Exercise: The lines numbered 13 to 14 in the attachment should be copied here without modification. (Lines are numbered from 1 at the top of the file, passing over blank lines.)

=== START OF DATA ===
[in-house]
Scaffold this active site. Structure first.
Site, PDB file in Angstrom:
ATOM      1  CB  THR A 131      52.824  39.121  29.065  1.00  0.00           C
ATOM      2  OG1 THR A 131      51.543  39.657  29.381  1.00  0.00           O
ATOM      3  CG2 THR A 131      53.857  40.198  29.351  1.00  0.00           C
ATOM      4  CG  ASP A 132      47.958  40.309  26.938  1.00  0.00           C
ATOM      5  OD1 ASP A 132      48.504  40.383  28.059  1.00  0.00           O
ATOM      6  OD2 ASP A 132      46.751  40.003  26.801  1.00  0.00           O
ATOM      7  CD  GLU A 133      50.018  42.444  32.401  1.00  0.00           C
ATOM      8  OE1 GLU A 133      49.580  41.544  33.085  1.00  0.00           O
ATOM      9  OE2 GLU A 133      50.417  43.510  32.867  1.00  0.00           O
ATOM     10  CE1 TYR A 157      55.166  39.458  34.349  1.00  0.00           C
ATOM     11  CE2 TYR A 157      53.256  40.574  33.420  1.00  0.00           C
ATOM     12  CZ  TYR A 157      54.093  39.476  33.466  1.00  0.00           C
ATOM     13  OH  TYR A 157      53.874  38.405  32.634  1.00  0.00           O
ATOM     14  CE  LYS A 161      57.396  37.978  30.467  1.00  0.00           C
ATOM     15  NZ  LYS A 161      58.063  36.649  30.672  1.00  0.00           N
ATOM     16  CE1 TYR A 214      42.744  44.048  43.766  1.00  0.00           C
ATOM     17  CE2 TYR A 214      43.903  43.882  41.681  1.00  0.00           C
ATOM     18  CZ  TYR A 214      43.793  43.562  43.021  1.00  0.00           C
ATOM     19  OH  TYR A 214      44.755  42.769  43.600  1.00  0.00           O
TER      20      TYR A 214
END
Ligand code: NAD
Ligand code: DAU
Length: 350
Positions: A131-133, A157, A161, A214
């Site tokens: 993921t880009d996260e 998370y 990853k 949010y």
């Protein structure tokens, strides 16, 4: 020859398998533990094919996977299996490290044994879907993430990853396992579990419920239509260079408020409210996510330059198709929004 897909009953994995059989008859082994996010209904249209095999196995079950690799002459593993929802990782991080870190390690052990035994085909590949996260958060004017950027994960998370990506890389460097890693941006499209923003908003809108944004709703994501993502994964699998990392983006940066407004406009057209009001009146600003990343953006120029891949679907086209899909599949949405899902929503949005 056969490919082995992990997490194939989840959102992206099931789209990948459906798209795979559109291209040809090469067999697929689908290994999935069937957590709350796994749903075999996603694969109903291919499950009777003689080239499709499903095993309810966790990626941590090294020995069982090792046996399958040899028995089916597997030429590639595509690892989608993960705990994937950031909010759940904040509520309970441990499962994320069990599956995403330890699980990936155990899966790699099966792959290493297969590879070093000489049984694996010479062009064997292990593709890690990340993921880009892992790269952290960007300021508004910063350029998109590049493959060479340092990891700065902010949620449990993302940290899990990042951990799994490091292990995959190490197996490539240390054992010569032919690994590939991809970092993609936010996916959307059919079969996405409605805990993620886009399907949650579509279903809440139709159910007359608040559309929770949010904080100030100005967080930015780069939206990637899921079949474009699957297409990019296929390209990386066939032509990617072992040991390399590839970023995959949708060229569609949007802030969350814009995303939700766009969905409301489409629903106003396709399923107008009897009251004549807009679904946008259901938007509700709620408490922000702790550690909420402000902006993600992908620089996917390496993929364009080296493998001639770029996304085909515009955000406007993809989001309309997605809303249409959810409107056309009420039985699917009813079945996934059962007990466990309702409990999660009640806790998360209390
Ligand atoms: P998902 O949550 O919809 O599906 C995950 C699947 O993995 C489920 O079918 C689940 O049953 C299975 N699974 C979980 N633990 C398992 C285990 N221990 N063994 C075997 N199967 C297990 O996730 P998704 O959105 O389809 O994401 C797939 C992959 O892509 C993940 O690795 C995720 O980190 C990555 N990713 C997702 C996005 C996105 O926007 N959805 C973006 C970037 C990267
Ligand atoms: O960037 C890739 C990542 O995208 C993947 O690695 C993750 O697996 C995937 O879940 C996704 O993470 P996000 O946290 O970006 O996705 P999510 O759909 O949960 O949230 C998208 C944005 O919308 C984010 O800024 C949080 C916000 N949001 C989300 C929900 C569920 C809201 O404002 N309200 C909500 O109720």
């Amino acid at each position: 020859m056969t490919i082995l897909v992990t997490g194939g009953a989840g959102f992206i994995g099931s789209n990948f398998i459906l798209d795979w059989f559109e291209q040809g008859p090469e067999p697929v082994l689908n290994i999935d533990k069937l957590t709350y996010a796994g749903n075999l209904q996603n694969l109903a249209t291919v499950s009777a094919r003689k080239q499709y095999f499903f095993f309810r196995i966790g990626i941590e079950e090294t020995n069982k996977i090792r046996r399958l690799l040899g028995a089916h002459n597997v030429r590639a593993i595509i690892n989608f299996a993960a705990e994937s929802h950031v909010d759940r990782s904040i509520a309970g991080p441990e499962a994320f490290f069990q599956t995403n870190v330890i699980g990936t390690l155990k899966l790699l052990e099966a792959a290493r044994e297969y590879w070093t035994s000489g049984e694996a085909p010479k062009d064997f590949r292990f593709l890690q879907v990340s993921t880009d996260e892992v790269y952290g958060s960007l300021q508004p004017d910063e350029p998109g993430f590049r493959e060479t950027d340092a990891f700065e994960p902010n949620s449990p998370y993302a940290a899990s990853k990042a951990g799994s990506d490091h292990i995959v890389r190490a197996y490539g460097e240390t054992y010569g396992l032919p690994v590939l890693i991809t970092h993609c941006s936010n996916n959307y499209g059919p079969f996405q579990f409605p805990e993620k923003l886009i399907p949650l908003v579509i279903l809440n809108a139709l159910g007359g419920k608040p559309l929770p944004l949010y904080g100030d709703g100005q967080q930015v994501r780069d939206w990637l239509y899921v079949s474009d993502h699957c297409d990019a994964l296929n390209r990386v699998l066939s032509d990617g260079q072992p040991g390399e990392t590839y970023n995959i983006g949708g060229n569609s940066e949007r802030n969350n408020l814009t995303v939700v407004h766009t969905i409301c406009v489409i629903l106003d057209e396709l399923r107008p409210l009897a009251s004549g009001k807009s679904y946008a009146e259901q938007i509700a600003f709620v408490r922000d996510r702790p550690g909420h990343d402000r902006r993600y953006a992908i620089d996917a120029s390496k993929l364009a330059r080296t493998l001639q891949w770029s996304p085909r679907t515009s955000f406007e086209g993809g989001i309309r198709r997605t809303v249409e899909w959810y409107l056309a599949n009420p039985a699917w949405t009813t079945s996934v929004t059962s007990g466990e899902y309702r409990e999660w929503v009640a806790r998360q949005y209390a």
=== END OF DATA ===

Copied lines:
ATOM     10  CE1 TYR A 157      55.166  39.458  34.349  1.00  0.00           C
ATOM     11  CE2 TYR A 157      53.256  40.574  33.420  1.00  0.00           C